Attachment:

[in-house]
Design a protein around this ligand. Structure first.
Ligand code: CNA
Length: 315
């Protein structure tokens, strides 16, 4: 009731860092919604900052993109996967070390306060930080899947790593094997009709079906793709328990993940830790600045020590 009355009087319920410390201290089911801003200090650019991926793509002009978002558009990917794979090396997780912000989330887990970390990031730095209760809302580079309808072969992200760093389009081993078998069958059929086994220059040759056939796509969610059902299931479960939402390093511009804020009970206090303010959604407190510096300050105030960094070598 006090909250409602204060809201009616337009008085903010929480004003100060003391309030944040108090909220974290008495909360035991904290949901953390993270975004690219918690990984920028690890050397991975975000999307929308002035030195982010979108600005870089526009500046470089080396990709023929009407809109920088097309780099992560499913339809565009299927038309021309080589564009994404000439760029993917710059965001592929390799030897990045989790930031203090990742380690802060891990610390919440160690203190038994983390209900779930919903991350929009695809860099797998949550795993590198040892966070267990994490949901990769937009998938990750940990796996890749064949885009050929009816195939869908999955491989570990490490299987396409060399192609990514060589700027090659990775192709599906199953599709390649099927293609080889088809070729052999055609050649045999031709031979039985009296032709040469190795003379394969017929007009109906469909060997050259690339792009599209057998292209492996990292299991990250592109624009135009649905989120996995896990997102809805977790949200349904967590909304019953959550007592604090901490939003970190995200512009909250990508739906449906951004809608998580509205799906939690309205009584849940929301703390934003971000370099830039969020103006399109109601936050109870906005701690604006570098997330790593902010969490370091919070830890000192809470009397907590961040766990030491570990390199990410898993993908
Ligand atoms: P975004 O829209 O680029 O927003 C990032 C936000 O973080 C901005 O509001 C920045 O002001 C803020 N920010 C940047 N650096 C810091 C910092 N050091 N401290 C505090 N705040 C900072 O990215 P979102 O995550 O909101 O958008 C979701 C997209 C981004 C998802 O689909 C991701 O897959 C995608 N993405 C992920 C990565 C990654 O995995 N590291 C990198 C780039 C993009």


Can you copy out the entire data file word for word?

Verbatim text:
[in-house]
Design a protein around this ligand. Structure first.
Ligand code: CNA
Length: 315
């Protein structure tokens, strides 16, 4: 009731860092919604900052993109996967070390306060930080899947790593094997009709079906793709328990993940830790600045020590 009355009087319920410390201290089911801003200090650019991926793509002009978002558009990917794979090396997780912000989330887990970390990031730095209760809302580079309808072969992200760093389009081993078998069958059929086994220059040759056939796509969610059902299931479960939402390093511009804020009970206090303010959604407190510096300050105030960094070598 006090909250409602204060809201009616337009008085903010929480004003100060003391309030944040108090909220974290008495909360035991904290949901953390993270975004690219918690990984920028690890050397991975975000999307929308002035030195982010979108600005870089526009500046470089080396990709023929009407809109920088097309780099992560499913339809565009299927038309021309080589564009994404000439760029993917710059965001592929390799030897990045989790930031203090990742380690802060891990610390919440160690203190038994983390209900779930919903991350929009695809860099797998949550795993590198040892966070267990994490949901990769937009998938990750940990796996890749064949885009050929009816195939869908999955491989570990490490299987396409060399192609990514060589700027090659990775192709599906199953599709390649099927293609080889088809070729052999055609050649045999031709031979039985009296032709040469190795003379394969017929007009109906469909060997050259690339792009599209057998292209492996990292299991990250592109624009135009649905989120996995896990997102809805977790949200349904967590909304019953959550007592604090901490939003970190995200512009909250990508739906449906951004809608998580509205799906939690309205009584849940929301703390934003971000370099830039969020103006399109109601936050109870906005701690604006570098997330790593902010969490370091919070830890000192809470009397907590961040766990030491570990390199990410898993993908
Ligand atoms: P975004 O829209 O680029 O927003 C990032 C936000 O973080 C901005 O509001 C920045 O002001 C803020 N920010 C940047 N650096 C810091 C910092 N050091 N401290 C505090 N705040 C900072 O990215 P979102 O995550 O909101 O958008 C979701 C997209 C981004 C998802 O689909 C991701 O897959 C995608 N993405 C992920 C990565 C990654 O995995 N590291 C990198 C780039 C993009």